Dishonored & Dishonored 2 – better late than never!

Dishonored was always a game that I meant to play. I kept seeing it on the shelf in stores and promising to buy it one day. Everyone who knows my gaming preferences told me to play it and I never got around to it. So when Dishonored 2 was released I made sure that I picked up the edition that included the Dishonored Definitive Edition, deciding it was time to finally get involved! I also chose to stream my playthroughs as a way of ensuring that I would complete both games from start to finish because it’s far to easy to start a game and not get around to finishing! So while I mainly focus on Dishonored 2 in this little review, I also thought I would share some thoughts on its predecessor for those of you who have yet to play this Arkane title and are considering it in the future.

Dishonored was a delight and I’m incredibly annoyed at myself for not playing sooner. The story of a murdered Empress, her protector Corvo (our protagonist) and missing Emily caught up in a devious plot to take over the throne. There are deadly rats spreading their plague and plenty of thugs and soldiers to avoid or take out, depending on your play style of course. I opted for high chaos throughout, not by choice but usually by accident and after failing miserably at the end of the game, I managed to go back and save the day again. The first game provided the option of stealth or destruction with a plethora of powers to play with which is pretty much my favorite style of gameplay. It was thoroughly enjoyable and with the added bonus of the DLC, it meant that I got to spend a little more time with the game. I am glad in many ways that I finished Dishonored and could jump straight into the sequel as I don’t think I could have waited much longer to play it.

In Dishonored 2, Emily is now the Empress of Dunwall, following in her mother’s footsteps with Corvo by her side. But with great power comes enemies. And so Delilah, Emily’s so called long lost Aunt appears to take the throne that she feels is rightfully hers. Then comes the first challenge of the game, who to play as. Emily or Corvo. While I really wanted to play as Corvo again, I thought it would be best to go through this game as Emily just to see what she had to offer as a protagonist. But once you’ve made your choice, you cannot go back (unless you start the game over again of course). As my play through was with Emily, I can only comment on my experience with her, but if you did play as Corvo, please let me know as I’d love to hear how the game panned out for you!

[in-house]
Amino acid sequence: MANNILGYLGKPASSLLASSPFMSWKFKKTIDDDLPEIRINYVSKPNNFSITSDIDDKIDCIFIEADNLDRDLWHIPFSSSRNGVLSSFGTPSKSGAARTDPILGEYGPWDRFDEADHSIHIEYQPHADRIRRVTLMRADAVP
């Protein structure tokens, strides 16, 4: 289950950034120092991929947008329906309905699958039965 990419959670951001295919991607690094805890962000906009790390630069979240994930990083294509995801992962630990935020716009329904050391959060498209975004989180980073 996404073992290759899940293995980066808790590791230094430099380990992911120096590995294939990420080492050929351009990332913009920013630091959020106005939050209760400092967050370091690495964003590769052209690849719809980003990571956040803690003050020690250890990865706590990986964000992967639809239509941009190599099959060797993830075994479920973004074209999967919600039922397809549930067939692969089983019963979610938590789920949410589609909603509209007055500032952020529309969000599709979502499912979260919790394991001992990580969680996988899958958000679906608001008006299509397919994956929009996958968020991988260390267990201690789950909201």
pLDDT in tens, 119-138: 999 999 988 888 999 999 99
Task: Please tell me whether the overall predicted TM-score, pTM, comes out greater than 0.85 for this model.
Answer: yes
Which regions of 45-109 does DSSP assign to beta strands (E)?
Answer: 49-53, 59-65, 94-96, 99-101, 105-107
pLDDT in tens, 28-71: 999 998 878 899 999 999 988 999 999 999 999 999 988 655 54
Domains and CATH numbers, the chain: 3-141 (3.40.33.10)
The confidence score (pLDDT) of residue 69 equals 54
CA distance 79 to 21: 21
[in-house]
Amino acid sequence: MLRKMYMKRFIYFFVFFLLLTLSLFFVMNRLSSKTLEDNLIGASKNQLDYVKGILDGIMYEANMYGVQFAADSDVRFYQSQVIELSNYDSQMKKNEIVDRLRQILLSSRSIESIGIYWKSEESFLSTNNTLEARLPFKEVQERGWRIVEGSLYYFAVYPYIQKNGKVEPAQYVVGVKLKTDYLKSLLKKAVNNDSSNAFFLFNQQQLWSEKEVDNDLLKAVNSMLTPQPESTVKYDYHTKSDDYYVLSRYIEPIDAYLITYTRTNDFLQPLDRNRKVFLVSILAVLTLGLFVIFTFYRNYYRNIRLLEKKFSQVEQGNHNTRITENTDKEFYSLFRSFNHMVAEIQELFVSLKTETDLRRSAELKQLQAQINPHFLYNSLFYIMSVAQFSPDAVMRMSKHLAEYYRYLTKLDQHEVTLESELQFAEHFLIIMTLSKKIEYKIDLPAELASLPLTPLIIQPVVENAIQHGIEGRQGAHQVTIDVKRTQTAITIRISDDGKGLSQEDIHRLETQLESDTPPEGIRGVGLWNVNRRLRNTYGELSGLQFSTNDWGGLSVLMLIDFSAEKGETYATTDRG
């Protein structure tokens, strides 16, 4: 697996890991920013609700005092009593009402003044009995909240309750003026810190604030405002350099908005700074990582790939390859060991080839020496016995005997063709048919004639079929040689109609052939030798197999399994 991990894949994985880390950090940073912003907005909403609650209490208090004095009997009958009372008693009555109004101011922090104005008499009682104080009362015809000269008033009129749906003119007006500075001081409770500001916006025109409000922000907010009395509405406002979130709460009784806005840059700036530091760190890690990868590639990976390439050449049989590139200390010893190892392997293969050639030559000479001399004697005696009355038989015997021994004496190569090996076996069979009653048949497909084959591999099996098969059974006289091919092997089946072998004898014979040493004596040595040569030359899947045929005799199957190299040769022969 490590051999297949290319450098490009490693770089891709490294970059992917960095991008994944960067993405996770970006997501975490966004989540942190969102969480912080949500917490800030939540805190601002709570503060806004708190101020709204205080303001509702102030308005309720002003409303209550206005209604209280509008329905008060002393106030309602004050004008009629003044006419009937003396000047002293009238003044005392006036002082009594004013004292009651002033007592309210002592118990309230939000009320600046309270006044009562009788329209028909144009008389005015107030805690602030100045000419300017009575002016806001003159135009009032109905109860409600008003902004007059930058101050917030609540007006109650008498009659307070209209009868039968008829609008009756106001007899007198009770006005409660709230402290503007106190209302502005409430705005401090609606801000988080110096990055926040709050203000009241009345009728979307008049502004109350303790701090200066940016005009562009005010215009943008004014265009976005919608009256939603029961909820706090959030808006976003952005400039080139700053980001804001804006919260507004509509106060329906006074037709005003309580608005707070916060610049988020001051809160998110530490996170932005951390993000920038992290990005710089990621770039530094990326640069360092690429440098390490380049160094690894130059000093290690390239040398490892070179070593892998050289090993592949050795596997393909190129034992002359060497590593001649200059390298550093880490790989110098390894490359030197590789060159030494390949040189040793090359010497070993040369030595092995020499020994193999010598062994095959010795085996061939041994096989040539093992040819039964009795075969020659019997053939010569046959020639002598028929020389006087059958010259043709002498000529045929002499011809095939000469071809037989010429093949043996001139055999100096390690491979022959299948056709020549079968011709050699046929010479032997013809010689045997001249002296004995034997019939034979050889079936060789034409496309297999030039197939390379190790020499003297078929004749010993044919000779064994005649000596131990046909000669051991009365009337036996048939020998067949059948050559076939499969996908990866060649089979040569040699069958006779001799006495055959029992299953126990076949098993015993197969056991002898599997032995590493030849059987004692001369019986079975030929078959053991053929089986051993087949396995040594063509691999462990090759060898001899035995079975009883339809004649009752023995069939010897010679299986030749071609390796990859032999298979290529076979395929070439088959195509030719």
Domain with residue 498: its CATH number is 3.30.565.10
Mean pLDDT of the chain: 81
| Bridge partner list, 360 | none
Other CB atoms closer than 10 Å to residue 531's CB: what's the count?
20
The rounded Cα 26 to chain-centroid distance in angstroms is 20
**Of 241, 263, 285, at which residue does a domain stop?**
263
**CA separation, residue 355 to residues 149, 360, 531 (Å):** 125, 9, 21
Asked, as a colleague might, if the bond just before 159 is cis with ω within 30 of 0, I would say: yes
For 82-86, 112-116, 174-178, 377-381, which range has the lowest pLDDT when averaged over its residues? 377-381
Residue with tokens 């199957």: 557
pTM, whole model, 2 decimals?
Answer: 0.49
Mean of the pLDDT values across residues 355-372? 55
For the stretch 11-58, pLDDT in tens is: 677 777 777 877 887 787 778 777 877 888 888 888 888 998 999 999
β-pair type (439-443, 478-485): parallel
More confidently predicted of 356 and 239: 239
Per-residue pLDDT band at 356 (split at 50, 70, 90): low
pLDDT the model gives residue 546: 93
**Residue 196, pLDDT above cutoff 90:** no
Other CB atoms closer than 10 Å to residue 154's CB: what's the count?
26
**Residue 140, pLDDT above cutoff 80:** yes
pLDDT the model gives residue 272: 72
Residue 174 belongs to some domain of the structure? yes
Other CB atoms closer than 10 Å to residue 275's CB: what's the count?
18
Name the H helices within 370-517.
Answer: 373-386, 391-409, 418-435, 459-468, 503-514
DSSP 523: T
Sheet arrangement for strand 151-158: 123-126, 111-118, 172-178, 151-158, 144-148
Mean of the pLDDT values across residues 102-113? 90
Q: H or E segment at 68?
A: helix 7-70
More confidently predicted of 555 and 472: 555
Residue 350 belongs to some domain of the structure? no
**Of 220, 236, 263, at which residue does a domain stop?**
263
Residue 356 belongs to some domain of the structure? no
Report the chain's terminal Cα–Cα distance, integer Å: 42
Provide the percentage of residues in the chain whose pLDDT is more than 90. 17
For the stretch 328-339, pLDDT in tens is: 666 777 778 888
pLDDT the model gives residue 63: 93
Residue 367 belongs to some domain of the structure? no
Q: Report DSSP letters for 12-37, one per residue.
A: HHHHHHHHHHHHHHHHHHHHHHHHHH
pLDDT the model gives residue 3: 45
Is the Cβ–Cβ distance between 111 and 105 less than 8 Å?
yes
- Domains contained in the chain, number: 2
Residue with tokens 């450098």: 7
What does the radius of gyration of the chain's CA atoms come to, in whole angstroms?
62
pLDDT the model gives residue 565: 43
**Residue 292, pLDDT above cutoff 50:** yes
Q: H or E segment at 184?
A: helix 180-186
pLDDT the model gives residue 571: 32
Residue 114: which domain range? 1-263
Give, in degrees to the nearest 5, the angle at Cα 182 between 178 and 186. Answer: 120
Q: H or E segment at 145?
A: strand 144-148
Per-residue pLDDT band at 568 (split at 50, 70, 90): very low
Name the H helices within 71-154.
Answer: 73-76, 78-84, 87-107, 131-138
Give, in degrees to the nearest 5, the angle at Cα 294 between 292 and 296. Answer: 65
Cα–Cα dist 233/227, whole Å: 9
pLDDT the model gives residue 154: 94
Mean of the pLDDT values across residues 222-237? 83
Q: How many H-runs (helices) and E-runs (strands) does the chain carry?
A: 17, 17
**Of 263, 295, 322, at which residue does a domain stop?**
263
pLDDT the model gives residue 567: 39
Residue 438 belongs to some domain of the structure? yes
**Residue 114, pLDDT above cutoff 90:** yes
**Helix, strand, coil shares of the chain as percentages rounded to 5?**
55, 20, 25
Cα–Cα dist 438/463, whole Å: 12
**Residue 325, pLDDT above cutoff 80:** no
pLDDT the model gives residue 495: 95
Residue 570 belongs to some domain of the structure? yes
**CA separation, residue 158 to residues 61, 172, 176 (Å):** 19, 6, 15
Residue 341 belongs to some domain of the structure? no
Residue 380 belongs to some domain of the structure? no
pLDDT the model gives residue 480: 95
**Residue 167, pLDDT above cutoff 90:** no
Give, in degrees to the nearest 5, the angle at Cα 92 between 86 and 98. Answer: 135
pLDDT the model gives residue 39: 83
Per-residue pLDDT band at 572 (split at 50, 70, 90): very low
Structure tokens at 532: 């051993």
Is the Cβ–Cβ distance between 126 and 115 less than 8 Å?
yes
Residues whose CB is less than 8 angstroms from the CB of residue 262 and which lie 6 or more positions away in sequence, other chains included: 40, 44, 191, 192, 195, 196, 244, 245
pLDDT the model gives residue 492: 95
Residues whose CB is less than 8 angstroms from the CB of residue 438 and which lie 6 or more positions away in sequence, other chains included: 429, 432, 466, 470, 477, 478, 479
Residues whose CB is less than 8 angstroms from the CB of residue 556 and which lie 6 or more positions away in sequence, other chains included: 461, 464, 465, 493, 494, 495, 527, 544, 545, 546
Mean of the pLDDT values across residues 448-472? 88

Dishonored 2 follows very closely to but improves on the first game in my opinion. The art style, the sound, the movement and of course the combat and powers system remains the same but feels spruced up a bit. I am glad that this is the case as it feels like a natural follow on from Dishonored. As a story, from Emily’s perspective at least, I did enjoy the narrative as you work your way back towards Dunwall after being overthrown to take Delilah down. The missions along the way test your abilities and of course, allow you to acquire more powers for your arsenal. You don’t have many friends in this game. There is a lot of social unrest and you are not on home soil for a substantial portion of the story as you spend the majority of the game in Karnaca, unfamiliar territory for our Empress/Protector. Familiar weapons return to complete your inventory and if you mastered traps and mines before, you should have no problem reacquainting yourself with these again. It feels like you were never away. You are reunited with an old friend, get to peek through keyholes and the HUD hasn’t really changed either so you can slip right back into it and get cracking.